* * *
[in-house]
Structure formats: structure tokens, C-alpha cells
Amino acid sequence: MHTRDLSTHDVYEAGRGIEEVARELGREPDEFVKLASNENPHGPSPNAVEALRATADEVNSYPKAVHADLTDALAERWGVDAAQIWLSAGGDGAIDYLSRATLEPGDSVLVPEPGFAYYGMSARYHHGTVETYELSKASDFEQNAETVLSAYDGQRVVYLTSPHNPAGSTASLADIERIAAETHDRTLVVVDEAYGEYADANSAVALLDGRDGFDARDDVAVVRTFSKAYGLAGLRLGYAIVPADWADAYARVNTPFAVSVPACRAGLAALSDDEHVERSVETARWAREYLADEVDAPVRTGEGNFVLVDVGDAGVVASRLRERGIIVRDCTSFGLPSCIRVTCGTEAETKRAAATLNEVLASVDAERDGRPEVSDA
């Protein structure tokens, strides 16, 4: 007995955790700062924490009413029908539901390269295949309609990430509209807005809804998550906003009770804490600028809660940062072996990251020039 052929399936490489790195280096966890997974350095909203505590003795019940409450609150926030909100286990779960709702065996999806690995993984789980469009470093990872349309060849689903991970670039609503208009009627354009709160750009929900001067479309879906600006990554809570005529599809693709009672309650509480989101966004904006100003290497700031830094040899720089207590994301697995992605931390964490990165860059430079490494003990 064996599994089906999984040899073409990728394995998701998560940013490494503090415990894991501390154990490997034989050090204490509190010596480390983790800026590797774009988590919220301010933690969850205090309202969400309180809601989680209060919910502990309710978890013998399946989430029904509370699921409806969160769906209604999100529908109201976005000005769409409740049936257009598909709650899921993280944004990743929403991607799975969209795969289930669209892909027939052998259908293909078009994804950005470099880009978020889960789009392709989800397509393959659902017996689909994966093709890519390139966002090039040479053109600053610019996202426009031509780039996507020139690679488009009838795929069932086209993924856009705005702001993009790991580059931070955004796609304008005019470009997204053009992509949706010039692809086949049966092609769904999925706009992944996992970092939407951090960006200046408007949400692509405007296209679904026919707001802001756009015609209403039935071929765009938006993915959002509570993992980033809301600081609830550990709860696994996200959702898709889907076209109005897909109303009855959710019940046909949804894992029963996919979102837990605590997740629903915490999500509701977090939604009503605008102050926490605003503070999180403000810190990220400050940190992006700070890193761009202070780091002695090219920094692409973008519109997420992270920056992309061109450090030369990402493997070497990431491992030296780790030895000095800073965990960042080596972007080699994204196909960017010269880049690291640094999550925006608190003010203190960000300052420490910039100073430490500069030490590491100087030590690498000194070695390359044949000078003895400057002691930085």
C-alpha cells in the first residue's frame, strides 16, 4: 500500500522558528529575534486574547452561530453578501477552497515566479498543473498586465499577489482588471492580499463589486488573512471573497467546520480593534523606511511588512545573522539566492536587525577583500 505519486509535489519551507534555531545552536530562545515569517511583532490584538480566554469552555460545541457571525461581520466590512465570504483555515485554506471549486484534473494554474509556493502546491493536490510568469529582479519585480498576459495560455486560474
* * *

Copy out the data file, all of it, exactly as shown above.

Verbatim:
[in-house]
Structure formats: structure tokens, C-alpha cells
Amino acid sequence: MHTRDLSTHDVYEAGRGIEEVARELGREPDEFVKLASNENPHGPSPNAVEALRATADEVNSYPKAVHADLTDALAERWGVDAAQIWLSAGGDGAIDYLSRATLEPGDSVLVPEPGFAYYGMSARYHHGTVETYELSKASDFEQNAETVLSAYDGQRVVYLTSPHNPAGSTASLADIERIAAETHDRTLVVVDEAYGEYADANSAVALLDGRDGFDARDDVAVVRTFSKAYGLAGLRLGYAIVPADWADAYARVNTPFAVSVPACRAGLAALSDDEHVERSVETARWAREYLADEVDAPVRTGEGNFVLVDVGDAGVVASRLRERGIIVRDCTSFGLPSCIRVTCGTEAETKRAAATLNEVLASVDAERDGRPEVSDA
């Protein structure tokens, strides 16, 4: 007995955790700062924490009413029908539901390269295949309609990430509209807005809804998550906003009770804490600028809660940062072996990251020039 052929399936490489790195280096966890997974350095909203505590003795019940409450609150926030909100286990779960709702065996999806690995993984789980469009470093990872349309060849689903991970670039609503208009009627354009709160750009929900001067479309879906600006990554809570005529599809693709009672309650509480989101966004904006100003290497700031830094040899720089207590994301697995992605931390964490990165860059430079490494003990 064996599994089906999984040899073409990728394995998701998560940013490494503090415990894991501390154990490997034989050090204490509190010596480390983790800026590797774009988590919220301010933690969850205090309202969400309180809601989680209060919910502990309710978890013998399946989430029904509370699921409806969160769906209604999100529908109201976005000005769409409740049936257009598909709650899921993280944004990743929403991607799975969209795969289930669209892909027939052998259908293909078009994804950005470099880009978020889960789009392709989800397509393959659902017996689909994966093709890519390139966002090039040479053109600053610019996202426009031509780039996507020139690679488009009838795929069932086209993924856009705005702001993009790991580059931070955004796609304008005019470009997204053009992509949706010039692809086949049966092609769904999925706009992944996992970092939407951090960006200046408007949400692509405007296209679904026919707001802001756009015609209403039935071929765009938006993915959002509570993992980033809301600081609830550990709860696994996200959702898709889907076209109005897909109303009855959710019940046909949804894992029963996919979102837990605590997740629903915490999500509701977090939604009503605008102050926490605003503070999180403000810190990220400050940190992006700070890193761009202070780091002695090219920094692409973008519109997420992270920056992309061109450090030369990402493997070497990431491992030296780790030895000095800073965990960042080596972007080699994204196909960017010269880049690291640094999550925006608190003010203190960000300052420490910039100073430490500069030490590491100087030590690498000194070695390359044949000078003895400057002691930085």
C-alpha cells in the first residue's frame, strides 16, 4: 500500500522558528529575534486574547452561530453578501477552497515566479498543473498586465499577489482588471492580499463589486488573512471573497467546520480593534523606511511588512545573522539566492536587525577583500 505519486509535489519551507534555531545552536530562545515569517511583532490584538480566554469552555460545541457571525461581520466590512465570504483555515485554506471549486484534473494554474509556493502546491493536490510568469529582479519585480498576459495560455486560474